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    What, I like the plants. Euro !
    Your shops seems airy and bright, I like it.

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    I think you can be forgiven for expecting better of that particular maker.

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    Quote Originally Posted by Oldwrench View Post
    ...and quick solution...
    Fair warning. The 1940's vintage Walker-Turners ain't perfect. They need a tune up about every 40 years. Mine was last 'done' in the '70's. Still accurate, but the quill is hinting it is no longer a really close fit, and the merely cleaned-up original early '40's bearings are about due for outright replacement.


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  23. #58
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    Quote Originally Posted by sable View Post
    I think you can be forgiven for expecting better of that particular maker.
    Aye. Got a good solid 20 years of use out of one of their miter-box saws bought about 25 years ago.

    Most recent three attempts before learnin' better are only still under roof in odd dark corners 'coz I fear the landfill would hit me with HAZMAT fines if I toted them out there..

    Bill

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    Back in the day we used to rig up a lot of equipment. These were all shop-built stations in what was a manual transfer line.
    They processed the castings shown in the background, basically the same parts that are now done by closing the door and pushing the green button in a 5-axis VMC. The first one is a dual-carriage Atlas lathe with a left/right lead screw, originally a rotogravure plate-engraving machine, which we made into a double-ended horizontal boring mill with a couple of homegrown heads (spindle bearings were the 3/4 ton Ford truck units still used today in stock cars, because we had lots of 'em) with 5C collets holding homemade multitool heads. Tools were 3/8 half-round carbide. It used a series of microswitches to bore in, feed back out, and stop.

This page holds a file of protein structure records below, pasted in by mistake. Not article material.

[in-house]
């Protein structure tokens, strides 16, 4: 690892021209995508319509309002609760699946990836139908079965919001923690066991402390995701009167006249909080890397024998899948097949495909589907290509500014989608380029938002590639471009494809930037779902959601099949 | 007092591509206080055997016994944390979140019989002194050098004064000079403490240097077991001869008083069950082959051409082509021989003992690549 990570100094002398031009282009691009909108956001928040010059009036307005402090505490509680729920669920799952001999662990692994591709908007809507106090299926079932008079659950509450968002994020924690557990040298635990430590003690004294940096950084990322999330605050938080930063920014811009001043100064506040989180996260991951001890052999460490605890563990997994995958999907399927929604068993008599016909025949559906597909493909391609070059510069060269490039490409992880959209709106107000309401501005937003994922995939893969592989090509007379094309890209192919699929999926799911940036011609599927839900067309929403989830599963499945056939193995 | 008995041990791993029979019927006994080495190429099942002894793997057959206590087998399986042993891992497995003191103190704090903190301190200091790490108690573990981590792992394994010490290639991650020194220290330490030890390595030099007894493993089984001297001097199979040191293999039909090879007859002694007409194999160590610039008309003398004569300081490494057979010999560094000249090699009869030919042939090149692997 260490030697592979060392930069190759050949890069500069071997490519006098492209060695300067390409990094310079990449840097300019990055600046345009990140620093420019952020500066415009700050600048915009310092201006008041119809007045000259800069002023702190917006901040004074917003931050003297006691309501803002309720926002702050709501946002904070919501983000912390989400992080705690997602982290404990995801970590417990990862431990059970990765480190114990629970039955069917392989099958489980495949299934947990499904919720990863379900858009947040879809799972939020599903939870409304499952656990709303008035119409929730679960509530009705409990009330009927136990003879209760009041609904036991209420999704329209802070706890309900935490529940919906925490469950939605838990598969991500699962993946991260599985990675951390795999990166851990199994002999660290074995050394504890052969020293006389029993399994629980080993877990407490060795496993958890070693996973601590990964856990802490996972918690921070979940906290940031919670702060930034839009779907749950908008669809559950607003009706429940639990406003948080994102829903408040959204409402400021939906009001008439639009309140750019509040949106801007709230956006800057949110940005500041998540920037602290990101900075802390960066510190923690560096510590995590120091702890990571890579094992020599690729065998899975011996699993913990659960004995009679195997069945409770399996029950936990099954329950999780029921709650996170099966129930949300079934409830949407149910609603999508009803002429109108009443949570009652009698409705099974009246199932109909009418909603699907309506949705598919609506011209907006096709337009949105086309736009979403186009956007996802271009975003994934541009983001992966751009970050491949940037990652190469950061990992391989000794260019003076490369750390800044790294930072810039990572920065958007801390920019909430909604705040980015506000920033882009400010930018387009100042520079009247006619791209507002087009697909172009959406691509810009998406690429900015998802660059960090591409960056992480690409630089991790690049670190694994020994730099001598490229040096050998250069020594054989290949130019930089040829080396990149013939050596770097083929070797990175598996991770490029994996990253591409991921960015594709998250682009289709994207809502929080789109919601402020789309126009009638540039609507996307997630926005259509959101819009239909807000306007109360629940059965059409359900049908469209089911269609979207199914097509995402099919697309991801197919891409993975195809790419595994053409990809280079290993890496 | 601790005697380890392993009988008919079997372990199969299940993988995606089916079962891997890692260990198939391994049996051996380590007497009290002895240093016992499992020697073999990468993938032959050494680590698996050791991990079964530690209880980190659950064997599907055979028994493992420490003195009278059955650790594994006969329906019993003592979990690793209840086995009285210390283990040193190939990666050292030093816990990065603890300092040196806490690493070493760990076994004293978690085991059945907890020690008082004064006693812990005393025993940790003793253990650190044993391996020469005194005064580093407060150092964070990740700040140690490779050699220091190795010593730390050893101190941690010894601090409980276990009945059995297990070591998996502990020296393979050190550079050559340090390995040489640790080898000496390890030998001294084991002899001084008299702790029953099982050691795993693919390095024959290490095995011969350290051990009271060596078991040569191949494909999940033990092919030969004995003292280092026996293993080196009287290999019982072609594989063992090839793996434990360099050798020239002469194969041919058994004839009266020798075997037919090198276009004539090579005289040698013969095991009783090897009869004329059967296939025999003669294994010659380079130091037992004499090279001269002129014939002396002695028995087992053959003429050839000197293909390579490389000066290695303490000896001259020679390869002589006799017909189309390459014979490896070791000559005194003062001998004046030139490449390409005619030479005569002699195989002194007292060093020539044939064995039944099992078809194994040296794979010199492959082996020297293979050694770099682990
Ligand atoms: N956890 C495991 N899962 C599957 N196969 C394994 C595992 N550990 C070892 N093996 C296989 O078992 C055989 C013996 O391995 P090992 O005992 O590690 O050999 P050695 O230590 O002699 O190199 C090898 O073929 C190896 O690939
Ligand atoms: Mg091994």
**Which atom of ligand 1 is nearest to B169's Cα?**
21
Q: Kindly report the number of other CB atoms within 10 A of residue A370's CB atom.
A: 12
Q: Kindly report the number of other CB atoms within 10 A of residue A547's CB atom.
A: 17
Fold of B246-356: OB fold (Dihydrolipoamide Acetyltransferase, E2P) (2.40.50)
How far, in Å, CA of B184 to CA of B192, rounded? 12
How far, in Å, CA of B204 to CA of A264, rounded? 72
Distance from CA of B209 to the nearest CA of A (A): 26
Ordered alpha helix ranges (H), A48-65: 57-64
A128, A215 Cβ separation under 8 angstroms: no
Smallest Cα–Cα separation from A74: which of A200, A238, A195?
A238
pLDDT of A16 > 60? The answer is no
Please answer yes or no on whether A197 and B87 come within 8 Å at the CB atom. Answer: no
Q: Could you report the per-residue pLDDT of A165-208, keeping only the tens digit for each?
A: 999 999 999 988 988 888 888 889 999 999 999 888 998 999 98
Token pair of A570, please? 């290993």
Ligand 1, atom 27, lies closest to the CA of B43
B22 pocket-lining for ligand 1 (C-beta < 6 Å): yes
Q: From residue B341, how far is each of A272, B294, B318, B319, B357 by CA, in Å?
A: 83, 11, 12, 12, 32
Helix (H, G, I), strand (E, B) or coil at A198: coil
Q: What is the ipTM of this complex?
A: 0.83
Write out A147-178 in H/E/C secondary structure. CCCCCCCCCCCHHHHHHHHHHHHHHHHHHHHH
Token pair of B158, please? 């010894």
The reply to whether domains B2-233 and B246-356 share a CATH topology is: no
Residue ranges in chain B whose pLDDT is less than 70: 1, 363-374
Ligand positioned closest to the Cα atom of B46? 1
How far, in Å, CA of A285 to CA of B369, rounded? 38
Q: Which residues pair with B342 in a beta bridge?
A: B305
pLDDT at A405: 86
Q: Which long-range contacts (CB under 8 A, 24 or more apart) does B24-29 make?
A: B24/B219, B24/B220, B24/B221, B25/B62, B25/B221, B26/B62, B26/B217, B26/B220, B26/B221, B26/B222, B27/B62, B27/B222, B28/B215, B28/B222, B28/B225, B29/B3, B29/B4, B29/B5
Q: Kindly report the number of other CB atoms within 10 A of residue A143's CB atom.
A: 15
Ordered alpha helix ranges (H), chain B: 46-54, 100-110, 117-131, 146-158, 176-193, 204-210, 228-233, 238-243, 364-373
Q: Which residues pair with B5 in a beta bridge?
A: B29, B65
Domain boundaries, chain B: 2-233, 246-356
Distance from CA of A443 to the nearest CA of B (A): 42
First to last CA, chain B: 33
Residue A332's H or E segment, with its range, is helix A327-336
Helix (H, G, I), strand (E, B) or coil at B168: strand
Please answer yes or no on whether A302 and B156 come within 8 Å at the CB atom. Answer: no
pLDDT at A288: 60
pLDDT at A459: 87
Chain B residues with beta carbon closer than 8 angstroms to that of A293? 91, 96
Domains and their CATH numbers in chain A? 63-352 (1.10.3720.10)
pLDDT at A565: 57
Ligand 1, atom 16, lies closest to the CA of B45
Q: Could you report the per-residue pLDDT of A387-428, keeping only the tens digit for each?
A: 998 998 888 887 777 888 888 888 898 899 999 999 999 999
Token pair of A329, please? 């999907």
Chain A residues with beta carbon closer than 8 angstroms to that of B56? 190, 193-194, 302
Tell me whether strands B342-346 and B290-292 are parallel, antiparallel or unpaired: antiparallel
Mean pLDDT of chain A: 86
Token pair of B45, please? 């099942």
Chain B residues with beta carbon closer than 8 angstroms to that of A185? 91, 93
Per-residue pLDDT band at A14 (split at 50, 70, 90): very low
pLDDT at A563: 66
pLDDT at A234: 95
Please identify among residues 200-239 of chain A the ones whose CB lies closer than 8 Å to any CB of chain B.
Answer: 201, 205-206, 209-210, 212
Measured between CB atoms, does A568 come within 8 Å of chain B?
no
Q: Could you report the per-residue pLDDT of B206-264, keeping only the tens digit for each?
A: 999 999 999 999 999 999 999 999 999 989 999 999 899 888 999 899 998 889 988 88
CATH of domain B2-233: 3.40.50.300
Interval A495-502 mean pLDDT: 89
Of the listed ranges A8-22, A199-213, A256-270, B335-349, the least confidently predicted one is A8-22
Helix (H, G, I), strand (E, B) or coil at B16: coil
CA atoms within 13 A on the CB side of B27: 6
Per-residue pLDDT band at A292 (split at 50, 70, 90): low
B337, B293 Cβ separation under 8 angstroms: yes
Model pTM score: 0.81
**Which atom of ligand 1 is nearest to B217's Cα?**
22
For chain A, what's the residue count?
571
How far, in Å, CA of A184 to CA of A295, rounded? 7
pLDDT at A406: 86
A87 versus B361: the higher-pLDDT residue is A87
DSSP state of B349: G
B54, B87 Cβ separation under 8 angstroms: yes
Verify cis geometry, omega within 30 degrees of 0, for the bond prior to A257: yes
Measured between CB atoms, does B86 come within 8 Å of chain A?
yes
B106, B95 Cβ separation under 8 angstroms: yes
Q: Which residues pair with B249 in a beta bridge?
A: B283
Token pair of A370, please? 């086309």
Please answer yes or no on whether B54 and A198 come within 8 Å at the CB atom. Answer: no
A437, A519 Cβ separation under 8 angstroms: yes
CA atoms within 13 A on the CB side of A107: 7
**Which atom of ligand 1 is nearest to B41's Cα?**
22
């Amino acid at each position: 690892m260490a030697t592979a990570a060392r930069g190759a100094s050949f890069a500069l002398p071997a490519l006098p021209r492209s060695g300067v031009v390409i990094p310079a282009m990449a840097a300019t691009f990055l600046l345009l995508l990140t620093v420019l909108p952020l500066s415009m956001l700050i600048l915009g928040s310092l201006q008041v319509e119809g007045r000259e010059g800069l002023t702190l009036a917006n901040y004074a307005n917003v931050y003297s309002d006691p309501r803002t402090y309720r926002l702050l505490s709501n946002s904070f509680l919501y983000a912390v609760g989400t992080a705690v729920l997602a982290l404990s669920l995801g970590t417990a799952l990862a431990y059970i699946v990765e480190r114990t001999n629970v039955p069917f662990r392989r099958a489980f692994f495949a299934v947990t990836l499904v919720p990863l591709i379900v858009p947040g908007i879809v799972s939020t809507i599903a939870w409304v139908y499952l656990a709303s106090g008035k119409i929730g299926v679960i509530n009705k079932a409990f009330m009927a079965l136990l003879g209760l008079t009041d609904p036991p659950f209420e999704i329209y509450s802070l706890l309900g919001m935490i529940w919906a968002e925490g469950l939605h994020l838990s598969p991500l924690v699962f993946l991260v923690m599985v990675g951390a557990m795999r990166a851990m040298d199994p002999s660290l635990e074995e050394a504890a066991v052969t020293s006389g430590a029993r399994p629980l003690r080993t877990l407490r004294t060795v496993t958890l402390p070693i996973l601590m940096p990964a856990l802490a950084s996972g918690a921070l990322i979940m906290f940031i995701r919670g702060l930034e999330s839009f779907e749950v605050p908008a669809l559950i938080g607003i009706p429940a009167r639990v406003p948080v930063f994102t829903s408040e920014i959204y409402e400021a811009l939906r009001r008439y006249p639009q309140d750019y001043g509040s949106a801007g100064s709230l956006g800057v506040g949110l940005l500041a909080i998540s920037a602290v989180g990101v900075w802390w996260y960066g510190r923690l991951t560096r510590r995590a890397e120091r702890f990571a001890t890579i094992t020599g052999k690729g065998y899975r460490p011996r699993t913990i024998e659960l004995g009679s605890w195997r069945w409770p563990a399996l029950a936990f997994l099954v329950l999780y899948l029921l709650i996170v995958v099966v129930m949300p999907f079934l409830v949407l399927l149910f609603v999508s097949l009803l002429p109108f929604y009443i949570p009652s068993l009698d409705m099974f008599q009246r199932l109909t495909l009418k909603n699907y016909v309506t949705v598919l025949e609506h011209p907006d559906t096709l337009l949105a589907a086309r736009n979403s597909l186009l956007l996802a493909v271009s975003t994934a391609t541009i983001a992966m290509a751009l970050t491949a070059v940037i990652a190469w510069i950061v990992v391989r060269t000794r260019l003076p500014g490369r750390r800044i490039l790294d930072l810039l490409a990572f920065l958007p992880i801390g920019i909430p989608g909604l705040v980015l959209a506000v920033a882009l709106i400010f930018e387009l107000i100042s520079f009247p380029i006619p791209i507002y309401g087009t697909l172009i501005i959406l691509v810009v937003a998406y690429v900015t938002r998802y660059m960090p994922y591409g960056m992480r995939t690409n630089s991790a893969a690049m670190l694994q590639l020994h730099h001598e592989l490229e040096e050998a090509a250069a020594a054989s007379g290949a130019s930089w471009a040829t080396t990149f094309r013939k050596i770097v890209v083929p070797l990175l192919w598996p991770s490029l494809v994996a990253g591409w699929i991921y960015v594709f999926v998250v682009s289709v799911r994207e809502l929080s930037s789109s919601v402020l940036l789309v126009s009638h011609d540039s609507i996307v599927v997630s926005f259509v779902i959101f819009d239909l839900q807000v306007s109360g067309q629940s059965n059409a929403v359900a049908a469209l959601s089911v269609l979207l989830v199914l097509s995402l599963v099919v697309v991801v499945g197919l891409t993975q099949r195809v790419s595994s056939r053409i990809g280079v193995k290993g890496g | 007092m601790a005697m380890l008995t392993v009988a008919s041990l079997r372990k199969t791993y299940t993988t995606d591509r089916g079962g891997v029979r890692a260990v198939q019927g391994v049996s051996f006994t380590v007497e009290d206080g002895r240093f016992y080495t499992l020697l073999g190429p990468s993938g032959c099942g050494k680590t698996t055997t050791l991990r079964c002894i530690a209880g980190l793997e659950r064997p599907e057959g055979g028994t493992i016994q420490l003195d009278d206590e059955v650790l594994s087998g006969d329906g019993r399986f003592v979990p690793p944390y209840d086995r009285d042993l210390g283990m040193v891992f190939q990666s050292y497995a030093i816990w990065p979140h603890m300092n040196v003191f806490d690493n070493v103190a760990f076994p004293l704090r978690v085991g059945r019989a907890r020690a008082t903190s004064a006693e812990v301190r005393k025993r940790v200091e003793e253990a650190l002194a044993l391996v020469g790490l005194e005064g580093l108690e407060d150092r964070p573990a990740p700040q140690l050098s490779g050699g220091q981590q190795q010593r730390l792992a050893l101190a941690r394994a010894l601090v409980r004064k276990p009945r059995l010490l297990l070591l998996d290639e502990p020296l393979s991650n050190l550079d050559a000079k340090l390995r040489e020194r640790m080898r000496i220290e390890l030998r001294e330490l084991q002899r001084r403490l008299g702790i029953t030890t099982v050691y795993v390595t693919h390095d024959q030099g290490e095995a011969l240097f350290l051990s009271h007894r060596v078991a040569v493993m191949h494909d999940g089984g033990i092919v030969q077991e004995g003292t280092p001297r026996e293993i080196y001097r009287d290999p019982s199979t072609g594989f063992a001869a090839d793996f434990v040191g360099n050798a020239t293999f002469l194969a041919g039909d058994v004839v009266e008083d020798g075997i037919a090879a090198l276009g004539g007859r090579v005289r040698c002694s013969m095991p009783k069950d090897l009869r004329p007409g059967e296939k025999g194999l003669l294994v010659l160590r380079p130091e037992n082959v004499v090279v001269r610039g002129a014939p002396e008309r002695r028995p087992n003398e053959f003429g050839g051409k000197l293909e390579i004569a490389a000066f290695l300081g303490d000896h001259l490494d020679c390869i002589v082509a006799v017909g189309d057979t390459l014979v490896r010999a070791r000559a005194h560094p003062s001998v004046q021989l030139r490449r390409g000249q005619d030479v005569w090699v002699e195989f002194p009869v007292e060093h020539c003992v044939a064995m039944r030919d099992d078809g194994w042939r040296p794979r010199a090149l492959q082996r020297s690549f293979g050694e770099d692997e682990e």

The next operation held the part by the first set of bores, and both bored and faced using big inserted HSS tools. This one was hydraulic and had begun life as a geared-down boring mill for coal-furnace wheels. You needed to keep everything dead sharp and stand the hell out of the plane of rotation because the castings were magnesium and you could hit a grain of sand and get lit up.

    After that came a series of old-time drill jigs, one of which was used with this homemade 3-spindle drill and tap station. I used a Gilmer belt and idlers driving Jacobs rubberflex collets. Worked pretty well because there was no backlash, sort of a poor man's Rigid Tap.

    The floor-to-floor record time to complete a casting with this system was 23 minutes, which doesn't count all the constant cleanup of mag chips. Haas time for essentially the same part is 23 minutes but the part is better quality by an order of magnitude and you can do something else while it runs.
    Attached Thumbnails Attached Thumbnails 1.-ist-op-homemade-boring-machine.jpg   2.-2nd-op-homemade-boring-machine.jpg   3.-2nd-op-process.jpg   4.-homemade-drill-heads.jpg  

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  26. #60
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    Quote Originally Posted by Graham08 View Post
    Oldwrench (Tony?),

    Thanks for sharing the link, and more pictures. I didn't realize you were on here. I am a small, but very satisfied customer of yours. After reading your catalog, I knew there was a lot of thought and technology that went into your stuff, and this only confirms it.

    Here's a pic of one of your racks, U-joints, etc. on the front of my pavement sprint car project...Graham
    Graham's race car is shown in post #21 and is a perfect example of the one thing that keeps me from getting jaded: the opportunity to supply parts to talented and creative people.